Published Jan. 31, 1994|Updated Oct. 6, 2005

For a time, a sign taped to the old refrigerator against the back wall proclaimed a policy of the Tiny Tap Tavern.

"No Fish," it said.

This made for talk among some patrons, who sipped their beers and mused on its meaning. Was it saying there wouldn't be any fish in there if you went looking for it? That you weren't allowed to store your own fish there, should you happen to be carrying some when you stopped in for refreshment?

But the regulars knew the story. Seems the husband of the bartender stopped in with fish to give someone, stuck it in there and it was forgotten, with predictably odorous results.

Hence, the policy.

Such is the way of the Tiny Tap, a yellow concrete-block castle in the shadow of the Crosstown Expressway. In this smallish, unremarkable neighborhood watering hole, they proudly sell only beer (no imports) and big-jug wine. Food comes in bags of Bugles and chips hanging over the cash register, and a black comb (for that last-minute grooming) costs only a dime.

And under the beer logo lights, over the 25-cent pool tables, Miss Lita Hall, blond, bouffanted queen of the bar, reigns supreme.

The youngish crowd of regulars, the ones given to playing The Doors and The Cure on the jukebox _ affectionately recite her edicts like schoolchildren: No arguing. No setting your glasses on the green felt.

"And let me catch you cheating on the pool table," says Miss Lita, her eyes narrowing.

And God forbid, don't use the F-word. Miss Lita hates that, and she has the keenest ears.

"I'm terrible with that word," admits former merchant marine Matthew Ventre. "But I know not to do it in here."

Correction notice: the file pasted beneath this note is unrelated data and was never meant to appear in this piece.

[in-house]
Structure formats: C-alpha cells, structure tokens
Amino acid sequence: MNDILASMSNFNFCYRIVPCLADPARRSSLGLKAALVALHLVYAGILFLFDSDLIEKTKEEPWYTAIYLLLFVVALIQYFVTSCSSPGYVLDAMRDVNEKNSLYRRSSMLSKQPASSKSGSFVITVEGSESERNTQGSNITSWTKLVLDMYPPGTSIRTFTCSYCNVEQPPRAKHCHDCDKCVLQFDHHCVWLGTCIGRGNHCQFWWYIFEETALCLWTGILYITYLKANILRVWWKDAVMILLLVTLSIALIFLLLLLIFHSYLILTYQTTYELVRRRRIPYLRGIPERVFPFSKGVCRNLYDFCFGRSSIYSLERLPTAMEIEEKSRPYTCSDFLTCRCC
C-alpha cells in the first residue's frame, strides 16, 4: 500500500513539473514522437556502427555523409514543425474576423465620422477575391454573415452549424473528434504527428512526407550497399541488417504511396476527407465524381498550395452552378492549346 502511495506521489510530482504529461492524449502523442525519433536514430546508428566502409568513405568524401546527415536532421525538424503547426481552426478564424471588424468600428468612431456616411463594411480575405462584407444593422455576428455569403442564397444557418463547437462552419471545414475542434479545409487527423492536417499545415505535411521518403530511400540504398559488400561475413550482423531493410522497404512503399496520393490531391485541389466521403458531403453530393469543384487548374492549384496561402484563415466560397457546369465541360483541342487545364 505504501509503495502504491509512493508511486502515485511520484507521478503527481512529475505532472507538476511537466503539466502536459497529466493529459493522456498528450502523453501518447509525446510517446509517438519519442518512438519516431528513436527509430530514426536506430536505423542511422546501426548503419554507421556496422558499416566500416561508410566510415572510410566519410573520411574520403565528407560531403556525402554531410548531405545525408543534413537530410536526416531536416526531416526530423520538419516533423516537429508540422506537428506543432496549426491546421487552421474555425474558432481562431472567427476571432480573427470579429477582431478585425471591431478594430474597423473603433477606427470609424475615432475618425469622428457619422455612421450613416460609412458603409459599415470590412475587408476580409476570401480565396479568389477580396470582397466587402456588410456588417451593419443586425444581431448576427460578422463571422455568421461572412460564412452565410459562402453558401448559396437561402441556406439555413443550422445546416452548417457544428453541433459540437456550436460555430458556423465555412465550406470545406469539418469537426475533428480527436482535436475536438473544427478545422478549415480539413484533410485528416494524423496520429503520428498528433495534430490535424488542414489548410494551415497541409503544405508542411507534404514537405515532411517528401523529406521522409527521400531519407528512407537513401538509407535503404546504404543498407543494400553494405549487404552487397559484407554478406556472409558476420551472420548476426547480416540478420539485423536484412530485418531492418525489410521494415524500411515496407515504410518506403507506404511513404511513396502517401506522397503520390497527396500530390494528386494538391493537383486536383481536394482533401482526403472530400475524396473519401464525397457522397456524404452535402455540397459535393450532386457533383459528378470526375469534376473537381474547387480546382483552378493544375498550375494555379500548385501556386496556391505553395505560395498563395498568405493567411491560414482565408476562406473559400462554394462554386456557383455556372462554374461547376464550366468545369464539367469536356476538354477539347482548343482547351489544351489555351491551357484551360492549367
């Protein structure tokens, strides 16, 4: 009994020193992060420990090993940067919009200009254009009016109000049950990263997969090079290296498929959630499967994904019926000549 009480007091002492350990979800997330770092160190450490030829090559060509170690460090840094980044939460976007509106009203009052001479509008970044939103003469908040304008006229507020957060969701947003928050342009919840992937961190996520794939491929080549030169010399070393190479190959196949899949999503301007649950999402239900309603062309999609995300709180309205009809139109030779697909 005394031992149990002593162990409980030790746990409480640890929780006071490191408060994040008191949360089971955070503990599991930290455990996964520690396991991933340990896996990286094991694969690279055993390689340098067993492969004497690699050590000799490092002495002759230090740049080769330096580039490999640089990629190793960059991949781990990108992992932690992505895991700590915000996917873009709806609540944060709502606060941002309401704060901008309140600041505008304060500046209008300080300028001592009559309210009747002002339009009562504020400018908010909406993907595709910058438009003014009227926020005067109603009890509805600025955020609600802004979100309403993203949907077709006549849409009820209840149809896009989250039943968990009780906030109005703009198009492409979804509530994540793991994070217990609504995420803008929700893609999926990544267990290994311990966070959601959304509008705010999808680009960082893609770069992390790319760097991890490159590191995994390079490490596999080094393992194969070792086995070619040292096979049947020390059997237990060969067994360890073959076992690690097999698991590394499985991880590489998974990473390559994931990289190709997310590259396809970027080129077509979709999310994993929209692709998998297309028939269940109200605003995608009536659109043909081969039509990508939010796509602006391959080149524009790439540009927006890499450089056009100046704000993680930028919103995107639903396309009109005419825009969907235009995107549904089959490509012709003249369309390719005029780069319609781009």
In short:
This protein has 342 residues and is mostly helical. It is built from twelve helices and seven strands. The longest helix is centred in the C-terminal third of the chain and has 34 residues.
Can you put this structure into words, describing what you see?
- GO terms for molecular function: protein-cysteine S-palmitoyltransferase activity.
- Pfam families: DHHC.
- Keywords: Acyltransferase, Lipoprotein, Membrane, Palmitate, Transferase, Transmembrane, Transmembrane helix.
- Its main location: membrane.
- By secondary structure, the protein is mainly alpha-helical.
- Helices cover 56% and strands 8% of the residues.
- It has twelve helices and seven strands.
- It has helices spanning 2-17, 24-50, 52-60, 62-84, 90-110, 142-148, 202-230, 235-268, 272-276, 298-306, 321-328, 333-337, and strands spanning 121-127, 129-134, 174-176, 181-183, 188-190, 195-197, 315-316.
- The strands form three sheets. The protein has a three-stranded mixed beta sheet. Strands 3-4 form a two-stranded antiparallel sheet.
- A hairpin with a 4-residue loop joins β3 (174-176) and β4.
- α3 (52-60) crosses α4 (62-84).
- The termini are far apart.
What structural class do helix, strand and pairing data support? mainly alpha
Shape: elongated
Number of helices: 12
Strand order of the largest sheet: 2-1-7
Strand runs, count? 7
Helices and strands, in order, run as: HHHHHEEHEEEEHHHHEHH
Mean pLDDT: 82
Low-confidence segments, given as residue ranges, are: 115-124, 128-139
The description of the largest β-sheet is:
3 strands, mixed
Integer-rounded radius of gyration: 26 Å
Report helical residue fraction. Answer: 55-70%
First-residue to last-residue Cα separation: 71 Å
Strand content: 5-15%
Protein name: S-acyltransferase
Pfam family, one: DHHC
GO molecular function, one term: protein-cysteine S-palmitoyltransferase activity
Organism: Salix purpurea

Miss Lita says she doesn't need the paddle she once used to enforce discipline in the bar. They get the message with her voice.

And it's true; one "You've had enough" from her sends men who tower over her sheepishly out the door. People assume she owns the place; truth is, she came in about eight years ago and left with a job.

But newcomers shouldn't be intimidated; there is a soft side to Miss Lita.

"She's our den mother," explains Marco Primavera.

Ventre drives from St. Petersburg for her counsel. Relationships have come and gone, but Miss Lita has always been there.

"She's like my mom," he says.

Afternoons and evenings it's the old-timers watching the news; later the younger crowd takes over. It is an easy place, filled with smoke and conversation and the smell of beer. From the jukebox may roll Dean Martin or Patsy Cline or Red Hot Chili Peppers.

"It has peacefulness," says Scott "Skinny" Haliczer. "I don't come in here to meet anybody or do anything."

Eventually, most of Miss Lita's regulars take off, going away to school, off to jobs. "But they always manage to come back to see me," she says.

Seven nights a week, til 3 a.m., Miss Lita will be there.

The Tiny Tap is at 2105 Morrison Ave.